Workstation design and construction

Armouring, Blacksmithing and Frobishing all require the creation of highly customised and specialised workstations. The repetitive motions can cause injury if you don’t have a sound understanding of ergonomics. Of course, this understanding is useless unless you can execute the designs you have conceived.
Pictured above are the stations I have crafted using my knowledge of woodwork. Wood was chosen over steel for wood’s noise deadening qualities. I have supplemented the woodwork with mechanical plates. I also intend to blacksmith iron hoops once I have used these items for long enough to be certain the dimensions are correct. 

Tuesday, January 3, 2017

HA - Repair and Re-polish Service

Repair and Re-polish Service

Hedgehog Armoury provides a premium armour repair and re-polish service. After five minutes of instruction (likely another blog post later) I can point you out what to get at Bunnings and you can do a beginners level job.

Pricing is dived into two models-

Set Price: Set price is designed to be the most expensive option. I will say a number, after I imagine everything that could go wrong, and cost it off those numbers.

Line of credit (open and closed limit): You advise which types of repairs and which level of polish you want, and then advise at which point you want your line of credit to stop, or advise to go until it is done.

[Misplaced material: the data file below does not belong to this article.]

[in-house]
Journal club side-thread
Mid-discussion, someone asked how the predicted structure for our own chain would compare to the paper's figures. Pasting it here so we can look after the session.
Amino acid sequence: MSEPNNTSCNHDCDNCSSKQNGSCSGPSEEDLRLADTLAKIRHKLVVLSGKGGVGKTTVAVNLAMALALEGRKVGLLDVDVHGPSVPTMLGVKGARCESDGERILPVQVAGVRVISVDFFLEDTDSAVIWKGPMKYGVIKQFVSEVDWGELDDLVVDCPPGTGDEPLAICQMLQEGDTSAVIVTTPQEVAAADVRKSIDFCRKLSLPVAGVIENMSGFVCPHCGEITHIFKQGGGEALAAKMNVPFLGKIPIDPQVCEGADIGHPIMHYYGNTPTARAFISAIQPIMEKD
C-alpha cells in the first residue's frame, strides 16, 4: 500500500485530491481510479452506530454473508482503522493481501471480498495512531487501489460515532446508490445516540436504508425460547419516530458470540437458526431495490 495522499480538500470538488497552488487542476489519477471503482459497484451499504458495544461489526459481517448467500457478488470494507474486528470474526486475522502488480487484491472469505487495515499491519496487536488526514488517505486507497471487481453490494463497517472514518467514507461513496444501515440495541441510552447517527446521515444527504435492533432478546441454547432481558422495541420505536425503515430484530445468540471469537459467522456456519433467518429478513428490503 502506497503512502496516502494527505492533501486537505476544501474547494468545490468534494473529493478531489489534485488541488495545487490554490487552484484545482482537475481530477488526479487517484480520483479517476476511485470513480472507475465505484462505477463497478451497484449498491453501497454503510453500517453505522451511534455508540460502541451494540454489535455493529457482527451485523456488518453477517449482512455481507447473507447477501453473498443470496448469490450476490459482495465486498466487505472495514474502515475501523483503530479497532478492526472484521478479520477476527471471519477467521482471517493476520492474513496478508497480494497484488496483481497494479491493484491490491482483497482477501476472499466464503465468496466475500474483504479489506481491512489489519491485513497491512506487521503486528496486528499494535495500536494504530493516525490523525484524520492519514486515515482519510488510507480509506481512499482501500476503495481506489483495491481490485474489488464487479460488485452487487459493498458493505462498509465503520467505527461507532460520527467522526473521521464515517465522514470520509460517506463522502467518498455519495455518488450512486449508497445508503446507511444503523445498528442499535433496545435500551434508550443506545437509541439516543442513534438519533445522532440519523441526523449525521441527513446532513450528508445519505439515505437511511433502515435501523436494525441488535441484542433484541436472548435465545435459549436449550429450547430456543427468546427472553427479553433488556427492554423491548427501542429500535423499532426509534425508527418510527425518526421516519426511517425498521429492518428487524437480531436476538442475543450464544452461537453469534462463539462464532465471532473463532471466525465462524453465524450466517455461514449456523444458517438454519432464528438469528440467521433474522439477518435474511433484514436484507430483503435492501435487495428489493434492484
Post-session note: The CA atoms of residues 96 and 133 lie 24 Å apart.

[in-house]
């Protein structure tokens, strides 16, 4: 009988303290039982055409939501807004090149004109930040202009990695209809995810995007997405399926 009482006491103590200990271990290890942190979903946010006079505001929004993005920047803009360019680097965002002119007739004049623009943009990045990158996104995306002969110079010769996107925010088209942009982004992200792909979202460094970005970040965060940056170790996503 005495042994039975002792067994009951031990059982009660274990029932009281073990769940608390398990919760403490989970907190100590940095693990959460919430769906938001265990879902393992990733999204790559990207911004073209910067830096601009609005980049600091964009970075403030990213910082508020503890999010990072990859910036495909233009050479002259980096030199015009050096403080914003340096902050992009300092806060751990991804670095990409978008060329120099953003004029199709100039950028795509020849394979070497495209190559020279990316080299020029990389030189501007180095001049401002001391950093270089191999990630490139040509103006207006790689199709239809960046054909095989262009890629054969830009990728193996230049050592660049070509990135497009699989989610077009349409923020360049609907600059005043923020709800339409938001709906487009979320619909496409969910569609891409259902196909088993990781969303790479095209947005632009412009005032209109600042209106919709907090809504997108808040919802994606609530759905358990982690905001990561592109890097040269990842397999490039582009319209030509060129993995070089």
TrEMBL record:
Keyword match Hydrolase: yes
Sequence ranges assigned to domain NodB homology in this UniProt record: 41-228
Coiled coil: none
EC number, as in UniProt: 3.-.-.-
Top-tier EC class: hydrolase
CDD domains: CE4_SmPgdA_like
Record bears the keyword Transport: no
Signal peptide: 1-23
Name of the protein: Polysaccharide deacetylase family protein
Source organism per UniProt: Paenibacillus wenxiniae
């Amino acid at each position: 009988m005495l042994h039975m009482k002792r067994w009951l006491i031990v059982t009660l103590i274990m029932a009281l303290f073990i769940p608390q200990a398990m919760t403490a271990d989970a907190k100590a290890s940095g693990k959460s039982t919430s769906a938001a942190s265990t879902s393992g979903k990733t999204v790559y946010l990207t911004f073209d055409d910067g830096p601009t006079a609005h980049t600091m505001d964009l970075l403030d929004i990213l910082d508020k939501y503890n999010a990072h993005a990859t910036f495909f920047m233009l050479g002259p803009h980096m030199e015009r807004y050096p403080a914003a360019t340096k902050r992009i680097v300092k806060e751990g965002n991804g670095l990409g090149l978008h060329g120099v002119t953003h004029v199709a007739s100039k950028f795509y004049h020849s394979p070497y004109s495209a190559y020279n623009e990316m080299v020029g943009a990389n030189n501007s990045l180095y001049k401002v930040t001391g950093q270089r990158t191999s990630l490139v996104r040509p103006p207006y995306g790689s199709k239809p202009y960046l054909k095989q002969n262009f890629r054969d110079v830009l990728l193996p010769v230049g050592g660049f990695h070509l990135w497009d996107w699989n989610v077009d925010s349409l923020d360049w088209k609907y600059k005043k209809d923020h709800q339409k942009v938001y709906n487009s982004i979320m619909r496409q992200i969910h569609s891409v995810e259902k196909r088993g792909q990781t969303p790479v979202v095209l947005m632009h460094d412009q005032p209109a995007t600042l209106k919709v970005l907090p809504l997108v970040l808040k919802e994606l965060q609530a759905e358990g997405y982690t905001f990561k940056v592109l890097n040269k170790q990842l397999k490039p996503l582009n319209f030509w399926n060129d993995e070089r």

An assessment of the armour will be made, and an estimate of what needs to be done will be made. Possible activities: Remove dints; re-strap; remove and replace rivets; re-articulate.


Even estimating the cost of a re-polish needs a physical inspection, and can sometimes need the start of the process to see through rust to see if the armour will ever be usable again. Significant damage to the surface can mean armour will never return to it's original condition.

The client needs to determine how many processes are used, which will determine cost.

Wirebrush only: Cheap and very nasty: The only thing going for it is that it is fast and cheap. It gets a low stain finish at best, and actually damages the metal and almost ensures more rust sooner rather than later. Not even a good paint preparation as the scouring pits rust underneath the paint surface, so it does that badly...

Black rouge only: inexpensive, slightly protective, low visual appeal. The black rouge can be quickly applied with the wheel and will cover the surface and protect from rust a small amount. The dull dark semi buff looks quite 'military' but not pretty.

New Armour - What is full polishing?

Current as of Jan 2017.

Hedgehog Armoury full polish starts after planishing is finished.

40 grit belts are used all over the piece.
At this point, areas that need more planishing can be attended to,
and the 40 belt repeated.

After this, I work through the belts in order 40, 80, 120, 160 grit.

Then come the wheels. These wheels are 40, 80, 220 and 400 grit.

Why the overlap? The 40 grit wheel must undo some of the work of the 160 grit?
Yes it does, but wheels can get into areas unreachable by the belts,
so we go a little backwards in the hard to reach areas in order to go forward.

Mild steel then receives the grey compound,
then the white compound, then the bare fluff wheel.

Since 2016 have also used a product called
“Liquid metal polish” with a mop afterwards for a final pass.